You Know It’s Wes Anderson IF…

[Are you listening to me?] [I look into your eyes,] [and I cant tell whether you’re] [getting anything I’m saying.] You know you’re watching a Wes Anderson film
if… There’s a rich microworld with a focus on
art direction. Wes Anderson’s films have become synonymous with unique and idiosyncratic production design. that makes us feel like we’ve entered inside a human dollhouse. The dense overabundance of detail gives the impression that this world is home to any number of peculiar adventures we’re not currently seeing on camera. These worlds he builds make Anderson’s films uniquely Anderson. And that testifies to the power of production design. In nine feature films, Anderson has worked with four different production designers, so it’s clear that the director himself exercises a great deal of control. According to critic Matt Zoller Seitz, Anderson also uses “material synecdoche” — and Seitz finds that as showcasing objects, locations and articles of clothing that define personalities, relationships or conflicts. For example, Gustave H’s perfume. [L’air de Panache.] Chas and his boys red jumpsuits. [Fire alarm! Let’s go!] Or Susie’s binoculars. [She left her binoculars] [on a hook in the chapel tent.] [Just leave them!] [We can’t. It’s her magic power!] Anderson’s production design or costumes actually develop his stories and characters. Before we go on, we want to talk a little
bit about this video’s sponsor, Skillshare. Skillshare, of course, is an awesome online learning community. They offer thousands of classes about everything. From bitcoin trading to stop motion animation. And right now, if you are one of the first
500 who click the link in our description below, You can get 2 months access to all their classes for only 99 cents total. Stay tuned at the end, to find out which Wes Anderson collaborator is teaching a class on Skillshare. Children act like adults and adults act like
children. [You’re a married man, Blume,] [and you’re supposed to be his friend.] Anderson has said Charles Schulz is a significant influence on him, and critics have noted that Charlie Brown-like articulate nature of Wes Anderson’s child characters, the way they talk and think like well-educated grown-ups. [I admit, supposedly,] [he’s emotionally disturbed,] [but he’s also a disadvantaged orphan.] Sam and Suzy’s sophisticated romance in Moonrise Kingdom is serious and sober in its total devotion to whimsy — their relationship feels like it come out of a Godard movie, but starring 12 year-olds. The adults in Anderson’s films never talk down to children — they treat them like equals or in some cases as intellectually or emotionally superior. [You’re probably a much more] [intelligent person than I am,] [in fact I guarantee it.] And, in this universe where children act like adults, [Excuse me, everyone.] [I’m gonna go meditate for half an hour.] it only stands to reason that adults would act like children. [People say that when someone says something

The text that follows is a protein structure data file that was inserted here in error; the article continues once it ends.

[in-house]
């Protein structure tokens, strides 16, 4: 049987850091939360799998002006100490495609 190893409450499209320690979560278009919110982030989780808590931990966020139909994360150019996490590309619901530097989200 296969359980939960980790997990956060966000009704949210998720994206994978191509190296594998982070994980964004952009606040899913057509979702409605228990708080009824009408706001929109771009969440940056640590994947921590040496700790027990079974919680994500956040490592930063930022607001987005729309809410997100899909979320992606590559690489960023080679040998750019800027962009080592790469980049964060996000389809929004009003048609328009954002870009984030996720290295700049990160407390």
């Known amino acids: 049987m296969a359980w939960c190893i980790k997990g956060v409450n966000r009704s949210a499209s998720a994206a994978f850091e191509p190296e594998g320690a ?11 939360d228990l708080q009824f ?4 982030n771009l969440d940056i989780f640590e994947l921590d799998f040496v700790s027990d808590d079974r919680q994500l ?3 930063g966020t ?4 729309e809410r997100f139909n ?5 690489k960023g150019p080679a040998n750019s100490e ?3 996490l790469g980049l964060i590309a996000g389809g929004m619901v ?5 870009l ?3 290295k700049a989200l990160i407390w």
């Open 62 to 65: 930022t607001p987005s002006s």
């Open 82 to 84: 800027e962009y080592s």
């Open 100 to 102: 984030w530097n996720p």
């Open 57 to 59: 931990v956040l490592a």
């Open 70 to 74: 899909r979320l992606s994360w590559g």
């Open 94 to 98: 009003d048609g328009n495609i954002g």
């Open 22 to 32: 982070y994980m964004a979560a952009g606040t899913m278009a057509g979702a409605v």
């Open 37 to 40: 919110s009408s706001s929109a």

like that,] [it’s because they’re jealous.] [But it still hurts. It hurts bad.] [You dropped some cigarettes.] [Those aren’t mine.] The inverse of the couple in Moonrise Kingdom, adults Margot and Richie Tenenbaum feel like two teens wrestle with a first love. [I think we’re going to have to be secretly] [in love with each other] [and leave it at that Richie.] And the “manchild” is a recurring trope. Anderson’s manchild is unable to cope with his realities. He tries to resolve his issues through juvenile means, like in Darjeeling Limited when Peter travels to India instead of being with his pregnant wife because he’s not ready to be a father. [It’s a boy.] [It got born already?] or in Rushmore when Herman runs over Max’s bike to get even. But in Anderson’s stories, it’s not a bad thing to be a manchild. Take the lesson Royal Tenenbaum teaches his
family, how to recover that joy of being irresponsible like a kid. Overall, Anderson’s characters teach us that adults can learn to relax and have a little more fun like children, while children can be a lot more directed, serious and ingenious than we tend to think. We meet characters who become “unglued”. Anderson has said he thinks there is humor in a character becoming “unglued” and that falling apart can be funny. Matt Zoller Seitz observes the influence of Orson Welles and Anderson’s focus on impressive men who are deteriorating. [Hey, are you okay?] [Mmm, I’m a little bit lonely these days.] Seitz wrote: Anderson’s films… are filled with loquacious, combative, often hyper achieving individuals… [She was a playwright and won a Braverman
Grant] [of fifty-thousand dollars in the ninth grade.] …who seem fully formed and secure in their